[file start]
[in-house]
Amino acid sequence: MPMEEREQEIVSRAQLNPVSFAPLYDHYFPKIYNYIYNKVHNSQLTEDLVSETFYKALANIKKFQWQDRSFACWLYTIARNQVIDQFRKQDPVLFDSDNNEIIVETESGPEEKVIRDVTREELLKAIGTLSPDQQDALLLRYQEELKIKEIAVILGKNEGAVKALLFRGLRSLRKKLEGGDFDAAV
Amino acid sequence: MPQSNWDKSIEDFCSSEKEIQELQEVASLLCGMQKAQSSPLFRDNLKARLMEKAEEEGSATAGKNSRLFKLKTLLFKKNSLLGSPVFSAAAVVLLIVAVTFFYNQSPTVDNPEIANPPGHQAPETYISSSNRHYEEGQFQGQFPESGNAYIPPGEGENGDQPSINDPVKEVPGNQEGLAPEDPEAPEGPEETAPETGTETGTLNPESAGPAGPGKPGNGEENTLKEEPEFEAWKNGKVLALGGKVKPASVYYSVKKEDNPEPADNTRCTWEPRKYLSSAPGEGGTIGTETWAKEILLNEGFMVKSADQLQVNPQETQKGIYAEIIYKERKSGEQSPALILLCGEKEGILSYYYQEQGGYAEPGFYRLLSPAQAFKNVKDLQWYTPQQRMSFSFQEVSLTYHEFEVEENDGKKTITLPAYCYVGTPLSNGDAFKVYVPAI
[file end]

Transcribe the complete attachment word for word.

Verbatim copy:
[in-house]
Amino acid sequence: MPMEEREQEIVSRAQLNPVSFAPLYDHYFPKIYNYIYNKVHNSQLTEDLVSETFYKALANIKKFQWQDRSFACWLYTIARNQVIDQFRKQDPVLFDSDNNEIIVETESGPEEKVIRDVTREELLKAIGTLSPDQQDALLLRYQEELKIKEIAVILGKNEGAVKALLFRGLRSLRKKLEGGDFDAAV
Amino acid sequence: MPQSNWDKSIEDFCSSEKEIQELQEVASLLCGMQKAQSSPLFRDNLKARLMEKAEEEGSATAGKNSRLFKLKTLLFKKNSLLGSPVFSAAAVVLLIVAVTFFYNQSPTVDNPEIANPPGHQAPETYISSSNRHYEEGQFQGQFPESGNAYIPPGEGENGDQPSINDPVKEVPGNQEGLAPEDPEAPEGPEETAPETGTETGTLNPESAGPAGPGKPGNGEENTLKEEPEFEAWKNGKVLALGGKVKPASVYYSVKKEDNPEPADNTRCTWEPRKYLSSAPGEGGTIGTETWAKEILLNEGFMVKSADQLQVNPQETQKGIYAEIIYKERKSGEQSPALILLCGEKEGILSYYYQEQGGYAEPGFYRLLSPAQAFKNVKDLQWYTPQQRMSFSFQEVSLTYHEFEVEENDGKKTITLPAYCYVGTPLSNGDAFKVYVPAI